Once you've done the hard work, all your information can be uploaded to the Polar Personal trainer website. You can view limited data from your workouts on the watch but here on the website you can get really nerdy and study all the vital statistics from your activities.

The Flowlink data transfer unit sits nicely on your desk plugged into the computer via a USB port. Simply lay your watch face down on the unit and within seconds the FT80 has synchronised and uploaded your information to view.

The training load feature is clever, letting you know how you should train daily.
Green: You're ready to train more.
Yellow: You're OK but don't push it
Red: Stay in bed!!!

This is the first time I've used my heart rate for training, it's been fun, taken the pressure off trying to run fast all the time, made me listen to my body more and is definitely the way forward for my training.

Wednesday, 18 September 2013

In the spotlight

It was nice to get a bit of media attention for the blog over the last week.

I was featured in the Telegraph online and a 10 top running blogs article.

You can read the full article here:

And today I was interviewed on the Cision website, you can read the interview here:

Sunday, 15 September 2013

7 week marathon training: Week 5

Just 2 weeks to go till race day and a trip north of the border to Scotland.

This weeks training has been great and a little ruff (pun! See later in post)

As I had my longest run planned at the end of this week I kept the miles low during the week to just a couple of 4 mile lunchtime runs on the Tuesday and Thursday.

Tuesday was a solo effort and I wanted to push myself for a couple of reasons. One being to vary the pace in my training and secondly to experiment towards my maximum heart rate zones on my new heart rate monitor ( review of this will be posted during the week)

As I had the big milestone 20 mile training run planned on Sunday and because this is such a short training programme I took a couple of days off to rest up for the long run.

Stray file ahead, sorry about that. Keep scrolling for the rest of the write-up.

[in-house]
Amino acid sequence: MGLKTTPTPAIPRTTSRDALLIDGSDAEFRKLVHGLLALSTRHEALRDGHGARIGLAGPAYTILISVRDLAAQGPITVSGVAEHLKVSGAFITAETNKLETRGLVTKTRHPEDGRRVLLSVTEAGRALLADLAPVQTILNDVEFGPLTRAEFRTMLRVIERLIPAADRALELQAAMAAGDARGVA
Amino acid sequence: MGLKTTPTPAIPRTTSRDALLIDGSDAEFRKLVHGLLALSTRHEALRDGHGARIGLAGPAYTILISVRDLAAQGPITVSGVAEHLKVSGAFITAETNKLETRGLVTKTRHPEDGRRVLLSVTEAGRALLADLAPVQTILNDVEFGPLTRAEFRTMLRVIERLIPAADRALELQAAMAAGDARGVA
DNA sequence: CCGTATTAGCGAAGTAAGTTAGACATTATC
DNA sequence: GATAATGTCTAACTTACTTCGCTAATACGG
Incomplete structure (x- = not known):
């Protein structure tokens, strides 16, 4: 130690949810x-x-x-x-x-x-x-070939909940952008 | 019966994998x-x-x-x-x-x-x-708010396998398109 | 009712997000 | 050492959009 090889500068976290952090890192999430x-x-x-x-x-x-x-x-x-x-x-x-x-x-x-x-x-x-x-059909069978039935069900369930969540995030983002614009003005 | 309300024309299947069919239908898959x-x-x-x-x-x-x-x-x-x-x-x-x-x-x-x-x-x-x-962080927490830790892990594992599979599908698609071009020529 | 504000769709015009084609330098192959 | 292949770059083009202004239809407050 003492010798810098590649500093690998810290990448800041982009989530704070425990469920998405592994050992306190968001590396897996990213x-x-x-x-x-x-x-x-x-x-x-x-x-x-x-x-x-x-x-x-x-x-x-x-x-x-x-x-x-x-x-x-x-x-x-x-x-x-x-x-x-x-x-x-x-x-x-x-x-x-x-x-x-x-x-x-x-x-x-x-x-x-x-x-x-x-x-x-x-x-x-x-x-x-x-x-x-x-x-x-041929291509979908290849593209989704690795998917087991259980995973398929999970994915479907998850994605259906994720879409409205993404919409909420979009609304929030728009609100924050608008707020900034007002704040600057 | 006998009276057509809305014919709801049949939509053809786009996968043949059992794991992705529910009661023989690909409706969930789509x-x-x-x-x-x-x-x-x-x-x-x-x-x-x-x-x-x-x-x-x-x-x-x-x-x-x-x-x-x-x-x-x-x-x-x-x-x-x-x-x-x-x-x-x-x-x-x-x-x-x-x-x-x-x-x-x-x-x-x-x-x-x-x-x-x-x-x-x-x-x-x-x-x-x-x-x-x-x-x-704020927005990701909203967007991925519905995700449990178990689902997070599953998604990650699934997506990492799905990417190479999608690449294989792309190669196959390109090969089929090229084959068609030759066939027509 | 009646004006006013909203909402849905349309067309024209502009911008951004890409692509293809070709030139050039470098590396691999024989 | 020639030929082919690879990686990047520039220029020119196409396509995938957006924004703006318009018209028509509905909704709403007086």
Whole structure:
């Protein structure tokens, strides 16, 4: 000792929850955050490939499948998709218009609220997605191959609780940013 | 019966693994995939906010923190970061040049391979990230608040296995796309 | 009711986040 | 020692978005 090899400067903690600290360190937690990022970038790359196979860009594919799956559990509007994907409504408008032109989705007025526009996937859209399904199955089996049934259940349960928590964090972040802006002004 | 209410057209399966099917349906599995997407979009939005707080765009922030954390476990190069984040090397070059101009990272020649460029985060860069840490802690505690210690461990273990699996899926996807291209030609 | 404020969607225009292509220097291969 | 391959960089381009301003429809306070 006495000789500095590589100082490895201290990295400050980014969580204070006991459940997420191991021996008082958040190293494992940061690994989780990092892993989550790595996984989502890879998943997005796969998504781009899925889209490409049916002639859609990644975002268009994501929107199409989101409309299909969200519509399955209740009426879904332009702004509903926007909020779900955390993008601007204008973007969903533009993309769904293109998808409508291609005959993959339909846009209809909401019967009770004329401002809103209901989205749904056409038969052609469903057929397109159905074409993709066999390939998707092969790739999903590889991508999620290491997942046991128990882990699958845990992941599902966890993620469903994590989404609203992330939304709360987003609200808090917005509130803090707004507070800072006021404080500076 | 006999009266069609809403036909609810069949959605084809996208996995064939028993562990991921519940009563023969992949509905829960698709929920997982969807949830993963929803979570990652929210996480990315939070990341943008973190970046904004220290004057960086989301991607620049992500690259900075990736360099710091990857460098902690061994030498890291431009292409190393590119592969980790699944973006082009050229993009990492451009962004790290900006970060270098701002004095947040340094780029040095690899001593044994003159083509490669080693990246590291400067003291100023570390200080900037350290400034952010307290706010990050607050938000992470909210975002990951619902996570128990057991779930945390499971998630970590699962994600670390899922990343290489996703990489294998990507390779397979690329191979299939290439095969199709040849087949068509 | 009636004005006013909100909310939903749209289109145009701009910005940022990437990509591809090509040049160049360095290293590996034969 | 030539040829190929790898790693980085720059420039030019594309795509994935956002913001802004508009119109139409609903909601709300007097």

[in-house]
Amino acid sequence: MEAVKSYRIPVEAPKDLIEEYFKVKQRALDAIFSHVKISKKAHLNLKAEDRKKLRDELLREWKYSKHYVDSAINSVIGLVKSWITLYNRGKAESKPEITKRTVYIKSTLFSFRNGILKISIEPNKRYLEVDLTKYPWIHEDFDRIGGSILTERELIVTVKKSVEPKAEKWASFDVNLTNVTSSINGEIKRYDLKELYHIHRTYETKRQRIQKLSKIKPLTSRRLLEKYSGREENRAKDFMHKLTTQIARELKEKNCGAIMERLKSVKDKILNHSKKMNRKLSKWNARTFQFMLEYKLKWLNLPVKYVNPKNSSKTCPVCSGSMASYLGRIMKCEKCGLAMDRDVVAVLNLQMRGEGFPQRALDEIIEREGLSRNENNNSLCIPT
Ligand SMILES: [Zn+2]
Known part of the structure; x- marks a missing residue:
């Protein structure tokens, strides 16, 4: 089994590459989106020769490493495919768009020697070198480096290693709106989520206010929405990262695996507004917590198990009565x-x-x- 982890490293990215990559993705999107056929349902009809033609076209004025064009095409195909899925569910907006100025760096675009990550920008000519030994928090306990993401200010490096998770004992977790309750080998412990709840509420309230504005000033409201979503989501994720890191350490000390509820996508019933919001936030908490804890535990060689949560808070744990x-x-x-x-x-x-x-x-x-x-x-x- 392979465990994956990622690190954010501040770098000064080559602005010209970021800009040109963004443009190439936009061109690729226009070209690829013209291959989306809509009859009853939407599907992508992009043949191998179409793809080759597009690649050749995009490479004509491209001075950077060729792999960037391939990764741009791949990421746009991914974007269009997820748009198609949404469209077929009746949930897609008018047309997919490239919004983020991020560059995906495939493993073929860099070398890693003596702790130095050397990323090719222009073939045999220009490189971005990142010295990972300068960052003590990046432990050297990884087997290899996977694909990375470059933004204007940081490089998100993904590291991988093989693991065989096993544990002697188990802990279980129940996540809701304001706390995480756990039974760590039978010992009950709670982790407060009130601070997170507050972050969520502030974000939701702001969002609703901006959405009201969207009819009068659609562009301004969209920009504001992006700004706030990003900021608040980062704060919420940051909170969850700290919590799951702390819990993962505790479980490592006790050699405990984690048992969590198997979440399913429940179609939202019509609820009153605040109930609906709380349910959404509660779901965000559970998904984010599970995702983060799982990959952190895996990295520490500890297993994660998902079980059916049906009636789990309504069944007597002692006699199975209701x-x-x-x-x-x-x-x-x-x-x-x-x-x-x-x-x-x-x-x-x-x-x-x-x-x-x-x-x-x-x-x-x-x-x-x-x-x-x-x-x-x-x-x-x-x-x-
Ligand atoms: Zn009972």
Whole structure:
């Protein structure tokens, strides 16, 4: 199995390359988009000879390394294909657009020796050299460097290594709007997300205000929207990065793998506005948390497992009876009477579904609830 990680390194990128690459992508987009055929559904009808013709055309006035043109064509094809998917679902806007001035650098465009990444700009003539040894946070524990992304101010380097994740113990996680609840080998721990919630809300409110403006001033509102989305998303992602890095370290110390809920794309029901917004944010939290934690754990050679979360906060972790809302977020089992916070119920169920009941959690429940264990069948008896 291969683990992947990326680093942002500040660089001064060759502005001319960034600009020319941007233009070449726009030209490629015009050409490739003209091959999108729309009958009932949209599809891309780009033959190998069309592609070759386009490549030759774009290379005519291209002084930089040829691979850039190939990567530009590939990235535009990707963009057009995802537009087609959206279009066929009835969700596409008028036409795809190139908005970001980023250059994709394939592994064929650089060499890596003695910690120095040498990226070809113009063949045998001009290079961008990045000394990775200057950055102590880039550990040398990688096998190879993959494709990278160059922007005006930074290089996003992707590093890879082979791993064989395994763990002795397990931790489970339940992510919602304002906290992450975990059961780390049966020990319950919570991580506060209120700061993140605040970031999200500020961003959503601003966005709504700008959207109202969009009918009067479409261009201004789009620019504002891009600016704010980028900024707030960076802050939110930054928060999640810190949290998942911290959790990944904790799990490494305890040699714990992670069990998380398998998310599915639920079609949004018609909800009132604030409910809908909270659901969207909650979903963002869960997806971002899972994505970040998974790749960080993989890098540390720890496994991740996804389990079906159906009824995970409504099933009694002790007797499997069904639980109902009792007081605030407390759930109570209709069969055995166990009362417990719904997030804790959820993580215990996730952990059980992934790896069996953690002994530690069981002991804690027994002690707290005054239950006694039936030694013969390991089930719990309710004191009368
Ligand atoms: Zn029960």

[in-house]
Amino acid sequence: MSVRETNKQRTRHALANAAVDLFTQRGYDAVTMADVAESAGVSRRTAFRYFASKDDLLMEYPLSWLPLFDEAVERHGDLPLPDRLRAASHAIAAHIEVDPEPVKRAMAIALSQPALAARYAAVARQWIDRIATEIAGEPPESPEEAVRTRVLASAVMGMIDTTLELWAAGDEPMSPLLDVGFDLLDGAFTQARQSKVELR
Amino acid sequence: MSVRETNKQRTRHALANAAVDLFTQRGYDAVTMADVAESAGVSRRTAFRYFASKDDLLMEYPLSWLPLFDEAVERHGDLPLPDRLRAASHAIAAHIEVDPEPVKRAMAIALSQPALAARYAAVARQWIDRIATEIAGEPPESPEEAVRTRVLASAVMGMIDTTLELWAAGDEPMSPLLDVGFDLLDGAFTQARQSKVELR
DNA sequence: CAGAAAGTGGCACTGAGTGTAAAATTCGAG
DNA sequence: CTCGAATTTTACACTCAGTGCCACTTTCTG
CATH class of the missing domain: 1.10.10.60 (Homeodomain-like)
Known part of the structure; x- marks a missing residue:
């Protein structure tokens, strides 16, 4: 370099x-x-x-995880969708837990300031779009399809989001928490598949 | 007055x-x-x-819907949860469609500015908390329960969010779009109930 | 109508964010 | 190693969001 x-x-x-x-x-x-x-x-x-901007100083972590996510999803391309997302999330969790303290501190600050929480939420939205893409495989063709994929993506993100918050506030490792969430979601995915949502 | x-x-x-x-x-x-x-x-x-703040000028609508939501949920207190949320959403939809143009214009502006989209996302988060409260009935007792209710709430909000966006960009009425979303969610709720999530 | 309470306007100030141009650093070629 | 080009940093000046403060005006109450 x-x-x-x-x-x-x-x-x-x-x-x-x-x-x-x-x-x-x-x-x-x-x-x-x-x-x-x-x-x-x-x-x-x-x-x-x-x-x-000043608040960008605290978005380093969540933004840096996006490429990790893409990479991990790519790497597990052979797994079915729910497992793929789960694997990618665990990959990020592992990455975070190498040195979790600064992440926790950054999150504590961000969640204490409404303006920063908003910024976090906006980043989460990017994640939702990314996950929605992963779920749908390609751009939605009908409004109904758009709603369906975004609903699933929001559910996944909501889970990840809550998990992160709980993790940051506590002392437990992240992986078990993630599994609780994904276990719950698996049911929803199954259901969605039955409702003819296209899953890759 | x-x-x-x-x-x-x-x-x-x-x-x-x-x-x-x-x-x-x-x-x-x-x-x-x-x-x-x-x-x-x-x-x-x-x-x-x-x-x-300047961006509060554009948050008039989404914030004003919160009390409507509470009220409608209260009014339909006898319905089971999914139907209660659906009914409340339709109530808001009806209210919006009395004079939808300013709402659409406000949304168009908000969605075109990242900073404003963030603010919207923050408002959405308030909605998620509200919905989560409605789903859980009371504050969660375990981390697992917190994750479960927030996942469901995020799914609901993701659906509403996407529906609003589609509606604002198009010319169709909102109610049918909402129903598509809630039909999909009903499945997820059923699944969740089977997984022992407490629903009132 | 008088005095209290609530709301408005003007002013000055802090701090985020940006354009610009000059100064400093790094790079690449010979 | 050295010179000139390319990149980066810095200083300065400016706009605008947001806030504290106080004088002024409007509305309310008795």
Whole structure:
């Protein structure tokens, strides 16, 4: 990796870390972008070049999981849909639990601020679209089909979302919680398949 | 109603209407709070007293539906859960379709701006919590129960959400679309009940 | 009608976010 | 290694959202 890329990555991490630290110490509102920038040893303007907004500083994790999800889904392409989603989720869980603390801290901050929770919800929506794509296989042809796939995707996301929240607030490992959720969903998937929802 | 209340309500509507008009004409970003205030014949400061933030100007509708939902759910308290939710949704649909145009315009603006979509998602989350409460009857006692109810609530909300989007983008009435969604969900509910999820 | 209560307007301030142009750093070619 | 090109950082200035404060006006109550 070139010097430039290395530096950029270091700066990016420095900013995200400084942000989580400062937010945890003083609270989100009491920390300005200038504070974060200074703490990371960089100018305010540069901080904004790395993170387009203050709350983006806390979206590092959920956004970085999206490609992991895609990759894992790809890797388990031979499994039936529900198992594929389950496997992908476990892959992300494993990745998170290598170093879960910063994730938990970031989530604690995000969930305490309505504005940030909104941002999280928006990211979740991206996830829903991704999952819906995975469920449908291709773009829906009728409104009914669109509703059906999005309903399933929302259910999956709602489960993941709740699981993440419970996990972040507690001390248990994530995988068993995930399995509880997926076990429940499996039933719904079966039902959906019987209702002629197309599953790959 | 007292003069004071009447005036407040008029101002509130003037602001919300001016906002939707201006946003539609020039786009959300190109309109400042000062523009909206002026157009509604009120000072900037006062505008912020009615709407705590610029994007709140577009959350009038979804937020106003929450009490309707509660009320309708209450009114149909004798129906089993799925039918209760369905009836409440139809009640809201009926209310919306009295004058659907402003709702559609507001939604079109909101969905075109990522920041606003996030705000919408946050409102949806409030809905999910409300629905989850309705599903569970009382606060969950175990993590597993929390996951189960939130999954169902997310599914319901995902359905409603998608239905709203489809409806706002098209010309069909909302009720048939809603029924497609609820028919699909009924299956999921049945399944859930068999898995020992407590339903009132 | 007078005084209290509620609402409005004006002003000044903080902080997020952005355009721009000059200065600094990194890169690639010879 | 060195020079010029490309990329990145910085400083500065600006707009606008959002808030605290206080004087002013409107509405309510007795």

The last 2 weeks long runs of 16 and 17.5 miles had me close to hitting the wall, so I was dreading the 20 miles I had set myself this week.

On the positive side I had running bro, Brian with me, (he's not really my brother, but annoying like one!.....only joking Bri :-)

This made a massive difference, someone to talk to and lift the spirits when things get tough.

We ran part way along the Downs link path, 36 miles of pathway that link the North and South Downs. Brian was familiar with the route as he had rode the full length a few times in the past.

The plan was to run an out and back 10 miles. The weather was grim but business had to be done to get these miles in the bank. 

I ran with 500ml of water with an energy type tablet thingy in it....and 6 Jaffa cakes. I needed more fluid than this but there was a town halfway (Southwater) where I could refuel. Trouble was when we got there, nothing was open, apart from the Gastro pub. I went in stinking and dripping wet after a bottle of water. They only had glass bottles with no lids, but the very kind girl behind the bar, opened her personal Lucozade drink, poured it away, and filled it with water for me free of charge. A true act of kindness...or desperate to get a stinky bloke away from the customers!